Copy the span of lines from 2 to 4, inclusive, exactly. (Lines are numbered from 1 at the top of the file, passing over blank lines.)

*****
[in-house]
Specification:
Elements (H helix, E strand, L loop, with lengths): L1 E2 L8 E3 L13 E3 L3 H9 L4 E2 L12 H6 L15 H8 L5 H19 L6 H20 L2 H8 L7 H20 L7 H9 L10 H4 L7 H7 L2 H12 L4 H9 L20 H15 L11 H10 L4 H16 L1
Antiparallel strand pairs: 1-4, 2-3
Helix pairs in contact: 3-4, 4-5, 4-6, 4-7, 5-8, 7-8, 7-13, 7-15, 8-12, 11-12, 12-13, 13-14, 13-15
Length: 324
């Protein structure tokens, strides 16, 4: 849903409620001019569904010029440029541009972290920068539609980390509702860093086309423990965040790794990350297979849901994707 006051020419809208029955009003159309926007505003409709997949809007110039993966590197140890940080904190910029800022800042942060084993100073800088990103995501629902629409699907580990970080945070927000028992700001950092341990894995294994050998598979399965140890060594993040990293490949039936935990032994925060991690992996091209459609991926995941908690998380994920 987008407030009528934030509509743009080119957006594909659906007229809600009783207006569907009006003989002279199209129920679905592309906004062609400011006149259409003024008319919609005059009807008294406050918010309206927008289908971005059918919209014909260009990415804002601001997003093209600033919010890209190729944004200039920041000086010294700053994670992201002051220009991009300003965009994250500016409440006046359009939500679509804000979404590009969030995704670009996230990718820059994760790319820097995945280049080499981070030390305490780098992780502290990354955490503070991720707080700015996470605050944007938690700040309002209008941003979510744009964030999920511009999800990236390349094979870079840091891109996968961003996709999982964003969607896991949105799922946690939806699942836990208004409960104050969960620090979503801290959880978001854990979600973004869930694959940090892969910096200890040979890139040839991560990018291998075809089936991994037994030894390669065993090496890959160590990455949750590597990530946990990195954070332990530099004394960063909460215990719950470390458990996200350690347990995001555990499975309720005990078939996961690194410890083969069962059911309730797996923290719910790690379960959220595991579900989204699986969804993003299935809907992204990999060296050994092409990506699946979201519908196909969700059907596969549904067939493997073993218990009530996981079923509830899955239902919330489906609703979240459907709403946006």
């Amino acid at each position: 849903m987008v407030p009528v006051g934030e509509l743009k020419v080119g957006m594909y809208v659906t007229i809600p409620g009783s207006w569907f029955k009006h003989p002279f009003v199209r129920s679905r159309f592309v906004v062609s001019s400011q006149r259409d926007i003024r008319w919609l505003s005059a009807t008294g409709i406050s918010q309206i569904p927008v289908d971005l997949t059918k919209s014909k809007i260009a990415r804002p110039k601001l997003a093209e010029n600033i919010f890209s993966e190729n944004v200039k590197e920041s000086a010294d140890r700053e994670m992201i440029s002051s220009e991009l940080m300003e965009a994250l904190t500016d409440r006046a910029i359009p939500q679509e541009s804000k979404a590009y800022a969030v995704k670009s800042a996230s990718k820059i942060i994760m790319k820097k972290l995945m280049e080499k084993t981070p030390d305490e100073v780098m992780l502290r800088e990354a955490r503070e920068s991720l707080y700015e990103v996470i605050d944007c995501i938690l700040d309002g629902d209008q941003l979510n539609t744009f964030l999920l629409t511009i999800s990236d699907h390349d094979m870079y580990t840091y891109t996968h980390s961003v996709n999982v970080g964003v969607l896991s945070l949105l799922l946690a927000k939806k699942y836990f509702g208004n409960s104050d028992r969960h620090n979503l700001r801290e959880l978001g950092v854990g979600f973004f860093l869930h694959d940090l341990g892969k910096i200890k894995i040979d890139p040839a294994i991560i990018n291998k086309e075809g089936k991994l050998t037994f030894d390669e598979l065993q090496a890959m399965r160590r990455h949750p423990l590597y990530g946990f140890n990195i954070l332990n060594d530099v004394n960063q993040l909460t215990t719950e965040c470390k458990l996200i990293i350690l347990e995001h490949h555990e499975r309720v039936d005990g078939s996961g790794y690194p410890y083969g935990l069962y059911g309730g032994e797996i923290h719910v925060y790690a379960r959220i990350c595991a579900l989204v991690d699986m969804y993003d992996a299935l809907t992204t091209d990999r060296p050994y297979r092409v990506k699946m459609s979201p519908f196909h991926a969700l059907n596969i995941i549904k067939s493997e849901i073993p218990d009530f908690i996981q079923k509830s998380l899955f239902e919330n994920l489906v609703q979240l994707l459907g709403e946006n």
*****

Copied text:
Specification:
Elements (H helix, E strand, L loop, with lengths): L1 E2 L8 E3 L13 E3 L3 H9 L4 E2 L12 H6 L15 H8 L5 H19 L6 H20 L2 H8 L7 H20 L7 H9 L10 H4 L7 H7 L2 H12 L4 H9 L20 H15 L11 H10 L4 H16 L1
Antiparallel strand pairs: 1-4, 2-3